Greece accused Turkey on Thursday of deliberately disrupting a government plane carrying its foreign minister from Iraq and leaving it flying for 20 minutes before granting it permission to cross Turkish airspace.
Turkey denied the accusation, saying the plane took off from Iraq without a specific flight path, but was allowed to pass after that route was clarified.
Tensions have escalated between the two countries, the two partners in the North Atlantic Treaty Organization, which are locked in a dispute over the maritime borders in the eastern Mediterranean, with each claiming sovereignty over sea areas believed to be rich in gas.
“It is another provocation in the series of Turkish provocations… I hope the incident will not be repeated in the future,” Greek government spokesman Stelios Petsas told reporters.
He added that the Greek Ministry of Foreign Affairs had lodged a complaint with the Turkish authorities.
The Turkish Foreign Ministry spokesman, Hami Aksoy, rejected the suggestion that the plane carrying Greek Foreign Minister Nikos Dendias was deliberately disrupted to provoke Athens.
He said, “The aircraft in question took off from Iraq without providing a specific flight path”.
When the plane entered our airspace, we asked the Iraqi authorities for the flight path quickly, and the flight proceeded safely after obtaining it.
He stated that Turkey had accepted a Greek request to allow the minister’s plane to pass through its airspace on its way to Iraq on October 14th.
He said that after that plane crashed in Iraq, Greece sent a second plane that was also granted permission to fly in Turkish airspace “with the same flight permit number without any delay”.
For its part, Germany and France condemned on Thursday Turkey’s new “unacceptable” provocations in the eastern Mediterranean that might expose it to European sanctions in the event that Ankara does not return to the “principle of dialogue”.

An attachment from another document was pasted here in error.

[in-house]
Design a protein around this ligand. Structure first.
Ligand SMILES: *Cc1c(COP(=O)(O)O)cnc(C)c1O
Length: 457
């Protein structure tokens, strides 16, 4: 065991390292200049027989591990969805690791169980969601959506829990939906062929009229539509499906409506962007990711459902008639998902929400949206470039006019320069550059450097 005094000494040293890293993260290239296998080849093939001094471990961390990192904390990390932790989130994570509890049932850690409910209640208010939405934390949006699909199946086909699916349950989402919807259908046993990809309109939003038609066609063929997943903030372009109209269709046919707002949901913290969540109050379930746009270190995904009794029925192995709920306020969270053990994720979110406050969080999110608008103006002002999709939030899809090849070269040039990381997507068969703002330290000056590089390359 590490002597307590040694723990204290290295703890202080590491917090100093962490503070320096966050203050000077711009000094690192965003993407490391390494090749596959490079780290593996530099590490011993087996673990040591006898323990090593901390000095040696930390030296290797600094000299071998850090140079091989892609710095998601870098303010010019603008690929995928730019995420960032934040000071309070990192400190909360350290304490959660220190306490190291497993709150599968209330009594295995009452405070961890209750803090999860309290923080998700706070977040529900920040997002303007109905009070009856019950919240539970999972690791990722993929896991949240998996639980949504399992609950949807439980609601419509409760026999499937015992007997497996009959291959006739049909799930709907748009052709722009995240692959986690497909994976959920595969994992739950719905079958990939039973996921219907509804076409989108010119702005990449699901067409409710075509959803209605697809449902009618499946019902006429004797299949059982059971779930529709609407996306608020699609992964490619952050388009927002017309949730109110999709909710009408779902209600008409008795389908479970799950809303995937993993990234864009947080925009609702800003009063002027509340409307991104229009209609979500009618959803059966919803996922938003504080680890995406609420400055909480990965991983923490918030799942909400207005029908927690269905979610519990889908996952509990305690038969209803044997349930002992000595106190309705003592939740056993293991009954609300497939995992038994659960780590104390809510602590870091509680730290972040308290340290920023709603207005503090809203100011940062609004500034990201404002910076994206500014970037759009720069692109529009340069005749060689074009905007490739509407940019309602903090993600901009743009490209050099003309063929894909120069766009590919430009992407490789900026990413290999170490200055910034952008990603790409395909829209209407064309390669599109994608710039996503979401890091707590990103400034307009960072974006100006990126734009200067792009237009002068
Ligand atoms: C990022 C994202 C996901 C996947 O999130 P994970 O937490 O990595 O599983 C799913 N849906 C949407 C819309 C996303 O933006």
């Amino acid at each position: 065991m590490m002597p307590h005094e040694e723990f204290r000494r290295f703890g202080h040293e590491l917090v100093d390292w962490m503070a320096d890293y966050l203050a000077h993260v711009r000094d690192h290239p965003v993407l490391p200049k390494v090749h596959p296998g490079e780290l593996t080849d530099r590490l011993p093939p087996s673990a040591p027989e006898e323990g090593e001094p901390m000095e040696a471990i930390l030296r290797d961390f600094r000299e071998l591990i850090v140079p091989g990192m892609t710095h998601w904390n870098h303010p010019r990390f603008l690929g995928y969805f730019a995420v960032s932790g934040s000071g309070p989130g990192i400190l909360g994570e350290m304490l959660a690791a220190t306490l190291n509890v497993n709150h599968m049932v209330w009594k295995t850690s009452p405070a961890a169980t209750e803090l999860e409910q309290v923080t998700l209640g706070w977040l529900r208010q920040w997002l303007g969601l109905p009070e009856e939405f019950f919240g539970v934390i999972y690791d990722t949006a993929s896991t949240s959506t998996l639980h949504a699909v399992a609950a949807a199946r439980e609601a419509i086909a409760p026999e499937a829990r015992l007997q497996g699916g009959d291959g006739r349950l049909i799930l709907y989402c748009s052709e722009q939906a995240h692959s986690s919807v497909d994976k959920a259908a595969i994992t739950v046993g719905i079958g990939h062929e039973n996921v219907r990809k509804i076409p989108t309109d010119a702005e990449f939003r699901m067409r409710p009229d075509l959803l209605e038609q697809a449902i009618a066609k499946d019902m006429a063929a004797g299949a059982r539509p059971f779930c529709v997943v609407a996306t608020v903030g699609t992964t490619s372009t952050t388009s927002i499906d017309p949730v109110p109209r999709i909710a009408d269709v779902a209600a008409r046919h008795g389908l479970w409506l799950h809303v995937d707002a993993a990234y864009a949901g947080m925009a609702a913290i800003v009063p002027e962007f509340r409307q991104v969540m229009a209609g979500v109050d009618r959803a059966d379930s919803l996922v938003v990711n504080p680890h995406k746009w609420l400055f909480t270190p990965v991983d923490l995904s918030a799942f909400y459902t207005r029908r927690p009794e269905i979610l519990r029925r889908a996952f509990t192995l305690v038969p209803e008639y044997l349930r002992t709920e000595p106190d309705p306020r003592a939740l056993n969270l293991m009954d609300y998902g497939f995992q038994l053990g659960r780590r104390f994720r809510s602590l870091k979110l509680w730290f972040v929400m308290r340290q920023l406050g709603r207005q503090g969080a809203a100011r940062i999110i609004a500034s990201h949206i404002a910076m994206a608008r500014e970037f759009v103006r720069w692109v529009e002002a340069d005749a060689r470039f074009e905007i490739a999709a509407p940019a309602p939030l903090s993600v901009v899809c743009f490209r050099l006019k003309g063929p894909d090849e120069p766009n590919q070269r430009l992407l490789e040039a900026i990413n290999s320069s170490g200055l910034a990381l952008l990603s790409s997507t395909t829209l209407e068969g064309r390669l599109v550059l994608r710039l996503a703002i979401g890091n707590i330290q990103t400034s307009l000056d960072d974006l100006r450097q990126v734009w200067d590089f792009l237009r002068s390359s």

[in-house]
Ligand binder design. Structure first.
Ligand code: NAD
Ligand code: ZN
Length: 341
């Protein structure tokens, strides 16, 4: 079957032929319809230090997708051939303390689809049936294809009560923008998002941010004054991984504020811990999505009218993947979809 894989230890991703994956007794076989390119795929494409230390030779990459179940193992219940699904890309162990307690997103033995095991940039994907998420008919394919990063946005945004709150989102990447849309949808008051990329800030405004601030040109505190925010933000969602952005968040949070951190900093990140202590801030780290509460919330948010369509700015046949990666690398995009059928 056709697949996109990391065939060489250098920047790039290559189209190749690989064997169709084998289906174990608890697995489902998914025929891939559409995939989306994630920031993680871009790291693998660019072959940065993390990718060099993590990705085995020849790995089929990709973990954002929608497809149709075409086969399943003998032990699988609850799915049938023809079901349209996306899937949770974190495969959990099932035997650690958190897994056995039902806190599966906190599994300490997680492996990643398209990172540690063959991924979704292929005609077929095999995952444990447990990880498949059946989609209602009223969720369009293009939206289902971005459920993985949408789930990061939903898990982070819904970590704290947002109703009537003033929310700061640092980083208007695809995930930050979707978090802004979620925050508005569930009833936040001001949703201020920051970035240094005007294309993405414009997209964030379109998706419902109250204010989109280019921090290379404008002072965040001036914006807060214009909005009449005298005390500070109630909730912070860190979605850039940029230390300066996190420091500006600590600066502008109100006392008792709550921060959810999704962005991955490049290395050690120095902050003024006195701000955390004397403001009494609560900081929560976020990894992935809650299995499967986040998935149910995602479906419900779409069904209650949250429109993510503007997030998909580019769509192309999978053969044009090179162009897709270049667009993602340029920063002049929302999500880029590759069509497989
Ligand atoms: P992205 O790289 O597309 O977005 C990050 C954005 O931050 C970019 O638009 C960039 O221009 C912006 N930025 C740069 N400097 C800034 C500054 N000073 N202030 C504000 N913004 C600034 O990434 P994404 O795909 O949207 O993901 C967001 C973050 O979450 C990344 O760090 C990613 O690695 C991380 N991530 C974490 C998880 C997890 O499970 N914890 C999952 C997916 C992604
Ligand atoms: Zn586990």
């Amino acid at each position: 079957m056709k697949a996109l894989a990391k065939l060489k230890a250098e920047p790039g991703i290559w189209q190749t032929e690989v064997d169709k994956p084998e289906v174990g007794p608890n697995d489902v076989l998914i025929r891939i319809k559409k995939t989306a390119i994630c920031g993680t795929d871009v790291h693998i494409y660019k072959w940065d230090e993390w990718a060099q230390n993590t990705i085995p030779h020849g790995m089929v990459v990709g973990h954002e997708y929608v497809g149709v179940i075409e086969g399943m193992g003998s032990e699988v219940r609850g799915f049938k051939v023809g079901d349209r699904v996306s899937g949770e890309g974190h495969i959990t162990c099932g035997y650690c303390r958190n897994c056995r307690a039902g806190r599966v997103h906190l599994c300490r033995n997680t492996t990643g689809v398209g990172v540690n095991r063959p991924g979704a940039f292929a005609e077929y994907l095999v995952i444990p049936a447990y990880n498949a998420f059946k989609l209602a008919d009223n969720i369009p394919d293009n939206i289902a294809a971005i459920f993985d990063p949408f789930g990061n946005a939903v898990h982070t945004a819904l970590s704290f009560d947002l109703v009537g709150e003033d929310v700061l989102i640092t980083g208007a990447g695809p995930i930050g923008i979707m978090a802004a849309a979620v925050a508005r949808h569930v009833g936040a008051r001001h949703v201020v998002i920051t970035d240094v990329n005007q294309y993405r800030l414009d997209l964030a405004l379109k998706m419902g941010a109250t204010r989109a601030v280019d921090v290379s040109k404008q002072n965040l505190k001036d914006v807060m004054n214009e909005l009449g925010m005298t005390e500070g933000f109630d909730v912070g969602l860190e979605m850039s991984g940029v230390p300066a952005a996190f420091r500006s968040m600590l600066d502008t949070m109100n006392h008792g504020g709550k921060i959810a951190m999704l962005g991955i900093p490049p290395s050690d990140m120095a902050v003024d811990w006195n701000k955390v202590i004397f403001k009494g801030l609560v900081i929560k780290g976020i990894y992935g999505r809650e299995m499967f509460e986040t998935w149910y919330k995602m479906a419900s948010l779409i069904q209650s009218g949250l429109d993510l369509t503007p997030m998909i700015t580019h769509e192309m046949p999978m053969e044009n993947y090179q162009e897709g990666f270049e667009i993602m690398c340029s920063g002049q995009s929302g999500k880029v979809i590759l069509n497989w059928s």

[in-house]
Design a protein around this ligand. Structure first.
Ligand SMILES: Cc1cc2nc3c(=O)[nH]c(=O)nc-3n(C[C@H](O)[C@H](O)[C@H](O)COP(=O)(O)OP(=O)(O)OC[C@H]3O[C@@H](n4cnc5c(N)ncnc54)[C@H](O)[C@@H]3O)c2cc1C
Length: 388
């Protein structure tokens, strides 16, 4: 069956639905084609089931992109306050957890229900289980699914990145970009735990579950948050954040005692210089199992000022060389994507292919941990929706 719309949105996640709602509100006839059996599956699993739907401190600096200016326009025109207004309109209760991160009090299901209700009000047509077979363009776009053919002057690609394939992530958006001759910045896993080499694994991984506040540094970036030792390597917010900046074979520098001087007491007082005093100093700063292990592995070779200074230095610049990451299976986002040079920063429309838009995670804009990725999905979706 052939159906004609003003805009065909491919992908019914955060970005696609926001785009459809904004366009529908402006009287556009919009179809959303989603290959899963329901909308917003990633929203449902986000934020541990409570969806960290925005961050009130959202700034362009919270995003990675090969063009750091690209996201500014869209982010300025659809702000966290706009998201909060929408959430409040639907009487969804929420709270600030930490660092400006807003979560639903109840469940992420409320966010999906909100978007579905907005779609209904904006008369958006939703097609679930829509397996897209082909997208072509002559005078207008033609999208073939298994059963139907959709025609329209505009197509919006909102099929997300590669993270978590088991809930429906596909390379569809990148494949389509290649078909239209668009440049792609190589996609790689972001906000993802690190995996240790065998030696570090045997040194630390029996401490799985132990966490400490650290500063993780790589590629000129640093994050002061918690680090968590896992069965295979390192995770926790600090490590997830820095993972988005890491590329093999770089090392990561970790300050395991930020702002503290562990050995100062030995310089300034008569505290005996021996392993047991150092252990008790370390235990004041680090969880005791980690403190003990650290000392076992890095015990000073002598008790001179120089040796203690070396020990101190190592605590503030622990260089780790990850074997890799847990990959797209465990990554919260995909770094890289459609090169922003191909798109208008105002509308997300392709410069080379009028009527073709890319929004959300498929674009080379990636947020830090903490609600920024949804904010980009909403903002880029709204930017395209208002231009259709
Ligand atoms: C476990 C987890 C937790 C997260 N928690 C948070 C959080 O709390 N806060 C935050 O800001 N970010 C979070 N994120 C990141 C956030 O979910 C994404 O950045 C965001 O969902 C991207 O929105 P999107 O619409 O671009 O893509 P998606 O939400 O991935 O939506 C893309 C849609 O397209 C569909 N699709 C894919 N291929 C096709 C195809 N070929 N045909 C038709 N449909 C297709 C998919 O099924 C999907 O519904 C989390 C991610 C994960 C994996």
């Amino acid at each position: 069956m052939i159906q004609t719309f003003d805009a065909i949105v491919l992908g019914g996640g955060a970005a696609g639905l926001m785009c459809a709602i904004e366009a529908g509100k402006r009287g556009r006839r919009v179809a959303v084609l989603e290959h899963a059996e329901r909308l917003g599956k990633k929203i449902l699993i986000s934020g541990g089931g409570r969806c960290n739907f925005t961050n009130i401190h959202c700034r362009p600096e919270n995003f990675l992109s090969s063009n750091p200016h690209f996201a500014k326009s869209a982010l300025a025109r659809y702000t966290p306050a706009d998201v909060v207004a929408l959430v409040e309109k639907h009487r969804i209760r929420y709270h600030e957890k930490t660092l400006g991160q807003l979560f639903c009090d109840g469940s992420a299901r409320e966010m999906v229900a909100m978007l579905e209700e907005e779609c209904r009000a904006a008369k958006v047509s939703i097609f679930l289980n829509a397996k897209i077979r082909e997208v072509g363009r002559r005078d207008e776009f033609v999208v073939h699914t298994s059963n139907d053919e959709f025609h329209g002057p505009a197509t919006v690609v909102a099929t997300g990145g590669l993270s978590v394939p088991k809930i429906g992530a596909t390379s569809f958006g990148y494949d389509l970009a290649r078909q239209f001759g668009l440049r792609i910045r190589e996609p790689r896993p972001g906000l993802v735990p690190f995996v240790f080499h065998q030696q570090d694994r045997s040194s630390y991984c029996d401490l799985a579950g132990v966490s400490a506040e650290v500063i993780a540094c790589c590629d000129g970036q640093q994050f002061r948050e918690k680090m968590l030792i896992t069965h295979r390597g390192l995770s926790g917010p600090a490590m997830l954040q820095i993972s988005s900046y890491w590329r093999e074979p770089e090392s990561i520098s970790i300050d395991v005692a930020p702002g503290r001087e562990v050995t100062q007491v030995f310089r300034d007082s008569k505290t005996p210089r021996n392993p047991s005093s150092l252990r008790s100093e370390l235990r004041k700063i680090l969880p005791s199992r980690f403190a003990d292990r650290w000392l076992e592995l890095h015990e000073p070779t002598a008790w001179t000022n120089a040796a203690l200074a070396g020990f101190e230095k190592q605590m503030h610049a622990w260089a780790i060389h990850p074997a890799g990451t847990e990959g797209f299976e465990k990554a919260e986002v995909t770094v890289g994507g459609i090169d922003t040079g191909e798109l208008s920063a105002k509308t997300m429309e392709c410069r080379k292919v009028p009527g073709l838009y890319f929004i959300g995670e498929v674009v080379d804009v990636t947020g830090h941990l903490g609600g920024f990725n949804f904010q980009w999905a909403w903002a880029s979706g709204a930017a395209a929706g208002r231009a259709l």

French Foreign Minister Jean-Yves Le Drian declared at the end of a meeting with his German and Polish counterparts, “We note that Turkey has continued to undertake intolerable provocative actions.
We really want Turkey to clarify its positions and return to the principle of dialogue”.
For his part, German Foreign Minister Heiko Maas said that the return of a Turkish vessel for gas exploration to Greek waters is “a clear provocation that is totally unacceptable”.
The two ministers said that the European Union had asked Turkey to stop its provocations until the European summit in December, under threat of sanctions.
“The ball is in Ankara’s stadium,” Le Drian said .
We are ready to accept the balance of power in the event that new provocations by Turkey continue, even if our common goal is to establish a real dialogue with Turkey,” he added.
Maas spoke of a “week” period for Turkey to change its stance.
After that, he declared, “the European Union decides the position that should be taken”.
The issue will also be addressed during the European summit on Thursday and Friday in Brussels.
On Monday, Turkey sent the ship “Oruj Reis” to the eastern Mediterranean to support the Athens protests.
The redeployment of this ship reveals Ankara’s ambitions in the gas riches of the eastern Mediterranean, and this contributed to striking hopes to defuse the crisis after weeks of intense tension between Turkey and Greece during the months of August and September.